Albert Hall will ever be remembered for his services in the early development of the Bahai Temple Unity, the body entrusted with the building of the Mashriqu’l-Adhkar in America.
From 1910 to 1914, Albert H. Hall was selected each year as chairman of the Annual Convention; he was elected a member of the Baha’i Temple Unity during the same period, and was chosen as its president in 1911, which position he held up to and during the year 1914.
At the Convention of 1910, when Mr. Hall was unanimously chosen Chairman, he said: "God chooses the weak things to confound the mighty. You have made the choice of a weak instrument. I feel very weak and lowly, as nothing, and I would not bear the responsibility of this place were I not possessed with the sense of my own emptiness, seeking only the in pouring of His Spirit, strength and wisdom. This Convention but now called to order, has been in conscious, silent session for several hours. There is no need of any introduction. The opening of this Convention was sung in the heart of every one of you who turned his face to the East this morning, and if you did not then catch the message of love and unity in all its fullness, it has beautifully sounded in your ears as the inspiring Tablet has been read [refers to Tablet regarding Mashriqu’l-Adhkar received in March, 1910] There is no other word to be uttered. It is for us now to address ourselves directly to the work in hand. We are here representing the Baha’i Assemblies throughout America and Canada, to bring home the substantial offerings of our sacrifice, to encourage each other with the report of our work not to boast or overstate it. We must face His Truth just as it is. Do not let us delude ourselves. They are the worst deluded in the world who are self deluded. We are not afraid nor ashamed of the situation, but of ourselves that is all. Let us seek knowledge with the light of Truth and the Truth shall make us free."
Enfeebled by ill health, nevertheless, he determined to make the journey from Minneapolis to New York City to attend the Annual Convention in 1920 although his physician warned him it might hasten the hour of death. He paid the price, and everyone present at the Feast of Ridvan will remember the ring of his voice, though feeble, when he cried out to the assembled delegates and friends: "Arise, shine, for thy light has come and the glory of God has risen upon thee!" (Star of the West, vol. 11)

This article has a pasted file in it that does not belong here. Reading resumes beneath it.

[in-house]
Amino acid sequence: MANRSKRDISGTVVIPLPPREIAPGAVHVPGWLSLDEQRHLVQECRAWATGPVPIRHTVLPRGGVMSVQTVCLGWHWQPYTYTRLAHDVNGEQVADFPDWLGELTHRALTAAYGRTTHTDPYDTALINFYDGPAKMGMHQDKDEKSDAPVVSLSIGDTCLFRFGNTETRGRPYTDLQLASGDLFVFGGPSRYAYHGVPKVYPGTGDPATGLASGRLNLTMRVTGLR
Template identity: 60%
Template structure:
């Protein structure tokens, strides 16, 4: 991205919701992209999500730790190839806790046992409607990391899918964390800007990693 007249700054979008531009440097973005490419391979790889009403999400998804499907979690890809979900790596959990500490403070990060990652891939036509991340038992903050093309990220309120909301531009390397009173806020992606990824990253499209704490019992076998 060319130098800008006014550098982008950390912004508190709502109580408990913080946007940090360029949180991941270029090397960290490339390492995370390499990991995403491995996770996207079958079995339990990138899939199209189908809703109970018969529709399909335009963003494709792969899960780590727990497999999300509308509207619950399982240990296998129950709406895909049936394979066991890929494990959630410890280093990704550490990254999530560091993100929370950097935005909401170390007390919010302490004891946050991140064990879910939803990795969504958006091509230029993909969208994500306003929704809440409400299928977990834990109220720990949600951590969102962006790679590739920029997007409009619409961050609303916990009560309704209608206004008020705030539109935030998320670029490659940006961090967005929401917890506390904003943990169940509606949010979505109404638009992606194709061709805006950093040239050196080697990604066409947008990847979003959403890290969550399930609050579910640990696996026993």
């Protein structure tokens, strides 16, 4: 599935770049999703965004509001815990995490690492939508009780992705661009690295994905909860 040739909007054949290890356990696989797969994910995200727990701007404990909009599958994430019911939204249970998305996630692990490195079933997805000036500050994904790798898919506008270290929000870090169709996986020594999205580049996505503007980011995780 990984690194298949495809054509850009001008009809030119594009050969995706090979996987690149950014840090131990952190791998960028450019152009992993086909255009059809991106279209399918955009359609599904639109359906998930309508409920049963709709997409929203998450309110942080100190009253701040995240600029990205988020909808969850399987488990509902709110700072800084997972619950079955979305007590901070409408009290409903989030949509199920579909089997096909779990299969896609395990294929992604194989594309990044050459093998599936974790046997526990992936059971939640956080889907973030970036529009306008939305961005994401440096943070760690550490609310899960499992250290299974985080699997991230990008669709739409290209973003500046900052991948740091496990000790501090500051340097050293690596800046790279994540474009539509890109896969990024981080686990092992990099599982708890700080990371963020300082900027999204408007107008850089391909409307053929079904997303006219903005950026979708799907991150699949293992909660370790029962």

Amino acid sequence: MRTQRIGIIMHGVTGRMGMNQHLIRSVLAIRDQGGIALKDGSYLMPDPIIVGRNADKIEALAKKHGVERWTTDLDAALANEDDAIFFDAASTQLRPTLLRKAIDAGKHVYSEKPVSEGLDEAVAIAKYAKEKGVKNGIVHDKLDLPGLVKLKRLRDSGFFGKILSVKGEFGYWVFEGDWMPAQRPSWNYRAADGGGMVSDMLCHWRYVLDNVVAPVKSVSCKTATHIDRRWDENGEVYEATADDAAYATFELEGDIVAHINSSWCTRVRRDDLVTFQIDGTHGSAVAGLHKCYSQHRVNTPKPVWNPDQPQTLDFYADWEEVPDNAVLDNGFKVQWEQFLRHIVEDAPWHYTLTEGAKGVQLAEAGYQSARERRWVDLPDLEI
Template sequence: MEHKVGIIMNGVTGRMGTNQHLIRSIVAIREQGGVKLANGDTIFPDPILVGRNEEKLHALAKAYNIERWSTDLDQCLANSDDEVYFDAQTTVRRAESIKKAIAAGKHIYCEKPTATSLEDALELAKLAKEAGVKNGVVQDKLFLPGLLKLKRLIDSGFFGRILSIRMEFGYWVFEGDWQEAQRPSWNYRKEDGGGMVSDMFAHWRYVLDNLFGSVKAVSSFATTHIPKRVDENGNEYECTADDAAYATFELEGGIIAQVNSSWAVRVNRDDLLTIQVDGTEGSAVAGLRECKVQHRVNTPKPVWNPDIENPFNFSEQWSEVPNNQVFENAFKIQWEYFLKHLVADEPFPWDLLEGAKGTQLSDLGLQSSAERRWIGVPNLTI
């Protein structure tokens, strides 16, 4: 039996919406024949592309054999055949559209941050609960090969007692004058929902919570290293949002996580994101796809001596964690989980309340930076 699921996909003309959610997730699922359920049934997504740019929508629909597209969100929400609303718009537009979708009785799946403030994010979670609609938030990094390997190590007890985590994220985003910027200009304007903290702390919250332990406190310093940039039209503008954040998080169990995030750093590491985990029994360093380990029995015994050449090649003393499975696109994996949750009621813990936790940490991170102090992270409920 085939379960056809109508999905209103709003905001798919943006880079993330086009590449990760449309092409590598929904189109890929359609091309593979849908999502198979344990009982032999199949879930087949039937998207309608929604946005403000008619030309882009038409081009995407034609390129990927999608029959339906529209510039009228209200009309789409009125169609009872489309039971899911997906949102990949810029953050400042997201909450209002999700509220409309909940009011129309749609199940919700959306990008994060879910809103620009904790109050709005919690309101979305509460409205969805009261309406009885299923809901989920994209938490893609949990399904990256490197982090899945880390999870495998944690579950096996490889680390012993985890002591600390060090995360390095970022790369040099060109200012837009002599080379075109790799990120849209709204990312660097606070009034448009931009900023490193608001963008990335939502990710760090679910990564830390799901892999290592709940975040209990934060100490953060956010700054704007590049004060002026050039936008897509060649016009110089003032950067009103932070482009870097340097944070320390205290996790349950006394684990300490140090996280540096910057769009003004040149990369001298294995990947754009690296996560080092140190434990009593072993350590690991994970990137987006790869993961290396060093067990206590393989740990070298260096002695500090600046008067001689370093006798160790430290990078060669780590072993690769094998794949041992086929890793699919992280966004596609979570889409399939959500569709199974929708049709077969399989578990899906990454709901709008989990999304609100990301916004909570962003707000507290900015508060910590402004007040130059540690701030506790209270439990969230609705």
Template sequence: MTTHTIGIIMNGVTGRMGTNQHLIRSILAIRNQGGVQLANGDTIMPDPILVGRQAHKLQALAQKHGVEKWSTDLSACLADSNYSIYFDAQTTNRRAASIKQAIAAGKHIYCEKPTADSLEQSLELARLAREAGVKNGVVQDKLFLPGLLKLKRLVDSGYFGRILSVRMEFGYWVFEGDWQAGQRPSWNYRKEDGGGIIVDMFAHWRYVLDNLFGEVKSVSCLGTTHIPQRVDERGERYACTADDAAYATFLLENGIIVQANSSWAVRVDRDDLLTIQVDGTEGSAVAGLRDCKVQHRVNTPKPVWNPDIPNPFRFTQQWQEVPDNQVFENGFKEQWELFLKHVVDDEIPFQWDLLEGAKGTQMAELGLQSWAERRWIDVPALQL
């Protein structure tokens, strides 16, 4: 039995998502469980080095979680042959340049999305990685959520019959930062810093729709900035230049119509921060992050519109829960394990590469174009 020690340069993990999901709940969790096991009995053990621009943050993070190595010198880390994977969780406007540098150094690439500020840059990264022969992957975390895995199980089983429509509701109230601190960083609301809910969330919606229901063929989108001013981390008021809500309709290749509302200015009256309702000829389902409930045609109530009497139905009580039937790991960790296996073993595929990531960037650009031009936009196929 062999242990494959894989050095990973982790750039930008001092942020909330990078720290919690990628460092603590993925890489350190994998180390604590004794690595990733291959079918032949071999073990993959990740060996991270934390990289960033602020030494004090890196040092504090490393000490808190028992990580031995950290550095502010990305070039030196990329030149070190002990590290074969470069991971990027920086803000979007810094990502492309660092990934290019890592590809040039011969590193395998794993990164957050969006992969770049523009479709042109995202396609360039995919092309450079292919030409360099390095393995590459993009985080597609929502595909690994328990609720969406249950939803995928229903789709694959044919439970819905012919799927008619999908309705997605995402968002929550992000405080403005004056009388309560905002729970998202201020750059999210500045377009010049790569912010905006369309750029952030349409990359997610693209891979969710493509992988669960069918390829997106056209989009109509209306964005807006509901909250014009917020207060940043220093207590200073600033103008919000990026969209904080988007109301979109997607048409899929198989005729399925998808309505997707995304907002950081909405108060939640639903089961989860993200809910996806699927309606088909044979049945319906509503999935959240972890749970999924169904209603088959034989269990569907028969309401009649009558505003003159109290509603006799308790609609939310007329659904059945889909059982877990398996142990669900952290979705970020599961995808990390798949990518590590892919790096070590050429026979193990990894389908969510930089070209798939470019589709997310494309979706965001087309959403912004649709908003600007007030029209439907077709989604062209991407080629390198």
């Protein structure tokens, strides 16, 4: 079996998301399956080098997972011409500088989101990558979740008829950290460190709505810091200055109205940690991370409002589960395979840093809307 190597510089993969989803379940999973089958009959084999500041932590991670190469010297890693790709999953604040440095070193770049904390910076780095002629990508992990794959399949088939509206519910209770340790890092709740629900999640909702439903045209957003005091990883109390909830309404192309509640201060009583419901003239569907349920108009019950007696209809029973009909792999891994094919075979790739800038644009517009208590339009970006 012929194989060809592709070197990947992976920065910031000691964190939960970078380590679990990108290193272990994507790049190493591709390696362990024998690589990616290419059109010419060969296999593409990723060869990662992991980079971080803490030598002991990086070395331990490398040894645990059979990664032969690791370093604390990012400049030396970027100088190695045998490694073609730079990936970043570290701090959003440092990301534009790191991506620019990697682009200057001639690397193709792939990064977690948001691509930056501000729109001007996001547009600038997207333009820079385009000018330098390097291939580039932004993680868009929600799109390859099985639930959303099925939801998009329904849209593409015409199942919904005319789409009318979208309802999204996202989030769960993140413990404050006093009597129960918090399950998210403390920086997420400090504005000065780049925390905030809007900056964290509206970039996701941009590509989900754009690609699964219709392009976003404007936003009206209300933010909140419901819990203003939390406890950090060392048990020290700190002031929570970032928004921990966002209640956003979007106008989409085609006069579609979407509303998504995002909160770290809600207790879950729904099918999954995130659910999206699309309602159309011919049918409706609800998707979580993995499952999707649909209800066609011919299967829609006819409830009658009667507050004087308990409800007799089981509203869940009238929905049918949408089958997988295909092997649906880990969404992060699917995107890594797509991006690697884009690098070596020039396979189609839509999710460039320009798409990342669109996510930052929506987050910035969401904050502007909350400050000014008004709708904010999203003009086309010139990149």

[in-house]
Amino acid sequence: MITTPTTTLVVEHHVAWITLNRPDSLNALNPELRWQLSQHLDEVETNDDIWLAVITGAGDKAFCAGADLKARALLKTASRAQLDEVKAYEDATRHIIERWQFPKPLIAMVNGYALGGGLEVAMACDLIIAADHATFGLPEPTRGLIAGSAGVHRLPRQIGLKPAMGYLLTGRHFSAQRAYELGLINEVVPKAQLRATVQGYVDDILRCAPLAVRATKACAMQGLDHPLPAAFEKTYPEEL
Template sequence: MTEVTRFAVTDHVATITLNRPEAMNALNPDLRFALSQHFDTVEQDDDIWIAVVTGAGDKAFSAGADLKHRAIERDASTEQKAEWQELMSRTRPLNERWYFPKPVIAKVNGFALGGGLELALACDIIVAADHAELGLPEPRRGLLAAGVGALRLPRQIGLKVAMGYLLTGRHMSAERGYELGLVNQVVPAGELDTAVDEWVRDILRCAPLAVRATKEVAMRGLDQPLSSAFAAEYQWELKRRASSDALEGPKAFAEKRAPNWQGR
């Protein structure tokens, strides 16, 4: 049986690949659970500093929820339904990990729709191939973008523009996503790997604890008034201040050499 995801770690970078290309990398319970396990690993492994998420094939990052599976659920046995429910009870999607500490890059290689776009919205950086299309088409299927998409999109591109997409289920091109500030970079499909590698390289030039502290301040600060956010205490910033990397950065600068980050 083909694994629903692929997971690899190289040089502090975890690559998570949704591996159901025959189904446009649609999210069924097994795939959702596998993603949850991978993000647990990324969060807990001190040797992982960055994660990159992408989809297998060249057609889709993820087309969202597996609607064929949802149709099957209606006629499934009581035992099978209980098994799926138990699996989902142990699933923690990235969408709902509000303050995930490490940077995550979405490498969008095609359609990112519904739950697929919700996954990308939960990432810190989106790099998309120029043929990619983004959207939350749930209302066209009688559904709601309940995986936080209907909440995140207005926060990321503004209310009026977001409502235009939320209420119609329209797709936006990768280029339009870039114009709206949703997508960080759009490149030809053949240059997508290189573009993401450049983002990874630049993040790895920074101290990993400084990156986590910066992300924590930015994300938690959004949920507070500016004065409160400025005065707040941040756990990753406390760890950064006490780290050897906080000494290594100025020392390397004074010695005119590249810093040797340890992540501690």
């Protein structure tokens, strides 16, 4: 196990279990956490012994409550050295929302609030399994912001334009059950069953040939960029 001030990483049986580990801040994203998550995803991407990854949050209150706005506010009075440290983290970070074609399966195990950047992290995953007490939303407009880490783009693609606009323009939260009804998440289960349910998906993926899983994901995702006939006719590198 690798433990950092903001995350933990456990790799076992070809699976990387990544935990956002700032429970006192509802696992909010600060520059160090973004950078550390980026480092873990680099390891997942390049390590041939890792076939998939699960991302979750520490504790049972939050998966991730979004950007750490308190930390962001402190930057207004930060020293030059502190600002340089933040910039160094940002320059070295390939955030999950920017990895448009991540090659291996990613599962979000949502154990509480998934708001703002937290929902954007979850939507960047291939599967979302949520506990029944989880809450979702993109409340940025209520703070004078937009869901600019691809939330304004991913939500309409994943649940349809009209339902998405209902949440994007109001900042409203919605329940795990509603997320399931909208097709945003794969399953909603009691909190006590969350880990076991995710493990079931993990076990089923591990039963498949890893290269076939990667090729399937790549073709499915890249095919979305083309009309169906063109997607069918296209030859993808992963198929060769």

Albert Heath Hall was born on July 11th, 1858, in Alexandria, Licking County, Ohio, son of Rev. Levi and Lucinda Mitchell Hall; he came to Minnesota in 1873 and received his early education at Austin; he entered the University of Minnesota in 1875, remaining in school there until the end of his junior year; he was a member of the Chi Psi and Phi Delta Phi Fraternities. While attending the University of Minnesota he earned his livelihood by working in a sawmill, and later, worked for the first telephone company organized in the Twin Cities, stringing the first line of wire in the city of Minneapolis; he afterwards was night telephone operator while attending his classes at college.
After leaving the University of Minnesota, Mr. Hall entered the law office of Judge Frederick Hooker as a law student, and a short time later, accepted a position in the Treasury Department at Washington, D. C. and while there studied law at Columbian University, which later became the George Washington University; he graduated from Columbian in 1884. From 1884 to 1920, he was actively engaged in the practice of law at Minneapolis, and tried some thirty five hundred contested cases; he died May 25th, 1920, after an illness which was critical for only a few weeks, having been in poor health, however, for almost a year. He was survived by his wife and one daughter, Mrs. William L. Appleby, both of this city…
"Bert" Hall, as he was familiarly known throughout Hennepin County, was primarily and essentially the poor man's lawyer; no client was too mean, nor was his cause too small, but that Bert Hall gave him his untiring and unstinted effort; it made no difference whether the client had funds, or even prospects of receiving them, and it seemed as though the less the prospect of getting a fee, the more generously he gave of his brilliant mind and indefatigable energy; if he believed that his client's cause was just, that cause became the paramount matter with him and it took precedence over his self interest, his family and his friends.
Bert Hall lived and died practicing what he had always preached -- The Brotherhood of Man. (Star of the West, vol. 11)